Hello ... I am an 'old school' gal with no techie background. Got interested in building my own HTPC and need some advice.
Ques: the only thing I ever built was a swing in my backyard, can I follow the instructions/advice/lessons found on various websites and actually build a working trouble-free HTPC?
If so, here's what I am looking for in a HTPC - Please share your advice on components to use for my project as well as their pros and cons.
Must be attractive to look at (sitting next to or under the TV).
Low power consumption/ low or no noise.
Watch TV, DVD & Blu-ray
Blu-ray, DVD & CD writer
Play CD, MP3, IPod
HDMI, RCA & USB connections
Connect and play my camcorder storage
Connect and show my digital camera
Audio out to a 5.1 Surround Sound speaker system with power & quality comparable or better than a A/V Rec.
(Do I need a A/V Rec?)
Wireless to home network
Surf the web
Keyboard & Remote functions
I have a Sony 40" Bravia LED TV, a Energy 5.1 Mini Speaker system & OTA Antenna.
Do not plan to get or use cable or satellite TV.
Cost is not a problem ....
Should not have to upgrade any time soon.
For components:- Please help. What will I need and/or what should I get?
Keyboard & Mouse
Putting it all together is for another forum I guess:-)
I'm going to recommend you check your local craigslist for used shuttle htpc boxes with the board, cpu, and power supply already installed, so all you have to add is ram and a hardrive. If you don't find anything you like, newegg has a shellshocker deal today only for $74.99 with free shipping. It's an antec black M fussion remote 350 htpc case with power supply. It works with any micro atx motherboard, so you will have a wide selection of boards to choose from. I suggest a foxconn cinema II deluxe am3 and 785G micro atx board ($104.99 plus shipping) which comes with plenty of toys to play with. I don't see anything else with all these features including remote. For the cpu, the amd regor 245 dual core retail box for $58.99 shipped is really all you will need. A quad core uses alot more energy, and is a waste of money. For ram, the gskill ripjaw series 1333 ddr3 in a 2x2gb for $93.99 shipped is a good choice. For the optical drive, newegg has the Asus 24x dvd burner for $18.99 shipped. For the hardrive, the seagate barracuda retail boxed 1.5 TB 5900 rpm is quiet and reliable for only $79.99. If you want something else, I strongly recommend a retail boxed unit which comes with better protection during shipping and the software cd, which also can be used to set up your new drive and acts as a bootdisk. Prepping the drive first using the cd sometimes makes it easier for windows to install. Be aware that this foxconn board has no ide ports for older devices. Everything has to be sata, which is good. You won't need to use a separate video card. Try the onboard video first. First time builds are a nightmare for some folks. You must be patient and not blame the parts. You can install just the cpu/heatsink, ram, keyboard, and video connection to try a bare post. With the power supply plugged in and the monitor cable connected to the board, I simply touch the pin cluster for the case connections and be sure the board posts before atatching the hardrive or optical drive. You press the "f" key on the screen to enter the bios. Set your boot order to cd (or dvd)>hardrive (or ide 0), then save and exit and finish installing the other components. I use a wireless keyboard and mouse, and they work great. The usb adapter for these simply plugs into any usb port and each item uses one or two batteries, depending on the brand. Good luck.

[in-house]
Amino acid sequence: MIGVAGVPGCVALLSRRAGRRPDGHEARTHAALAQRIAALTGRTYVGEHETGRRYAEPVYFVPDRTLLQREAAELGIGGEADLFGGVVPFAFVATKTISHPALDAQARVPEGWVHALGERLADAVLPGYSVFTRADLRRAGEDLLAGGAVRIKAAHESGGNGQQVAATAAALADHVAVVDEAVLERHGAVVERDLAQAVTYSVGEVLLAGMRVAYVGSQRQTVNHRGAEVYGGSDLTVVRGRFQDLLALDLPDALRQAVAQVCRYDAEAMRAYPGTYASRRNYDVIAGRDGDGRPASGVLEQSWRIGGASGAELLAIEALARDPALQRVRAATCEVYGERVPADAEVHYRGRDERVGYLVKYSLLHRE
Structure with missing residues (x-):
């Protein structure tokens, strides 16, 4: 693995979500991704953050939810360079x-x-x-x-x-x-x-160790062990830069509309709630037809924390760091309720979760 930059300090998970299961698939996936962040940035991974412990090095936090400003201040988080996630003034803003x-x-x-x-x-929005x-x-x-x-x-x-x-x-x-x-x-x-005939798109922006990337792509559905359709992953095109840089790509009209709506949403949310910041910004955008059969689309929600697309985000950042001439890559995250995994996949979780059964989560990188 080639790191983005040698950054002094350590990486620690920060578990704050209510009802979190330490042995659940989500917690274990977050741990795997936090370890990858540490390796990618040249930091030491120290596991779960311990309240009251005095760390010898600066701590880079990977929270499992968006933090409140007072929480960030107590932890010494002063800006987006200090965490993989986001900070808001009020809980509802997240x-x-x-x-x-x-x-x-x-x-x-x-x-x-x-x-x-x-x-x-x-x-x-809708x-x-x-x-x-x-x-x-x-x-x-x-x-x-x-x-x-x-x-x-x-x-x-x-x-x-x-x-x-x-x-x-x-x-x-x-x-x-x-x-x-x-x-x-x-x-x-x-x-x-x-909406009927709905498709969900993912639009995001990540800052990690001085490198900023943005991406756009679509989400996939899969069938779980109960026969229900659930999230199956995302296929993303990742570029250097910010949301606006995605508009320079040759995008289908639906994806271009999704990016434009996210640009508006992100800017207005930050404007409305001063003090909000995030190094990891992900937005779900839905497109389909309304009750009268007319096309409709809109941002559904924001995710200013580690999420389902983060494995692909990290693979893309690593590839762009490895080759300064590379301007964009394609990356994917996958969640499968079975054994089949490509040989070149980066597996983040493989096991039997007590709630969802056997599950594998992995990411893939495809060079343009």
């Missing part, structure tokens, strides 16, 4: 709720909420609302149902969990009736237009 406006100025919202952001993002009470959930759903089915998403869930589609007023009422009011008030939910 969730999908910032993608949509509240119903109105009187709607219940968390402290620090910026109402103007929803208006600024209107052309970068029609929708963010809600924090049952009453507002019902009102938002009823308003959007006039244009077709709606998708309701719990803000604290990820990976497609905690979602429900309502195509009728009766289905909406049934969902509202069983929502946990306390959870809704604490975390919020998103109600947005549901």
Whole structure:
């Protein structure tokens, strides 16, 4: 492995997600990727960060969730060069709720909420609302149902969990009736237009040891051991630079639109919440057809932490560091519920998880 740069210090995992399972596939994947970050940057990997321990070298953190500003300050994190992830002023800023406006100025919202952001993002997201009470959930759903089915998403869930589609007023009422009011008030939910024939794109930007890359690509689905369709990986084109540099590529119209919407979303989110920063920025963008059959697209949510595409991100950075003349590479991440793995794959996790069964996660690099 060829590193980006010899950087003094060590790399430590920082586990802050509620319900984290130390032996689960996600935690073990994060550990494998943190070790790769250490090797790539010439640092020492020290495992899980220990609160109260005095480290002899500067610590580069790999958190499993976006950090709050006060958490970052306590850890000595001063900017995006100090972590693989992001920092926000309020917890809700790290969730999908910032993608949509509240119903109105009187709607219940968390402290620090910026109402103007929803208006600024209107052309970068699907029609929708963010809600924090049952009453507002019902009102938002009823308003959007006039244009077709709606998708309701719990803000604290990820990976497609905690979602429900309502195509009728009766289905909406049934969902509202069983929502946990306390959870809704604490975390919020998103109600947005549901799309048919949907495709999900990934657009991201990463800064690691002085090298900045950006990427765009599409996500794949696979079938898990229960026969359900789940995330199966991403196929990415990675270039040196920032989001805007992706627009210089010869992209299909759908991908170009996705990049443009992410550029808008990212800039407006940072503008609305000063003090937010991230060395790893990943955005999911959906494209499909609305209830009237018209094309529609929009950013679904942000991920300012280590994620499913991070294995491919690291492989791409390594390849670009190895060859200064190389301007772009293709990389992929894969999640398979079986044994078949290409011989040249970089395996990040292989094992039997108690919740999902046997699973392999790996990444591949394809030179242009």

^+1, if you want a speedier HDD then you could go for the SAMSUNG Spinpoint F3 1TB (500 GB less) for the same price, although it is much faster. Otherwise what o1die suggested is good. Otherwise you could just buy a slower WD Caviar Green 1.5 TB & bootup SSD.
I forgot to mention that to start your board for a bare post test, you use a plain flathead screwdriver to touch the case connections pin cluster. You just work it around until it contacts the power switch pins, and viola, the board magically starts up. I have been building systems for almost twenty years, and still haven't learned how to post links. But hardware I know.
I can't recommend a blueray player. Check some newegg reviews for the noise factor. With blueray, you can skip the dvd burner. The foxconn board has an antenna which can either be used for wi-fi or tv reception, but you may want to check the specs carefully. Onboard sound is usually pretty good with decent speakers. I would try it first before buying a separate sound card.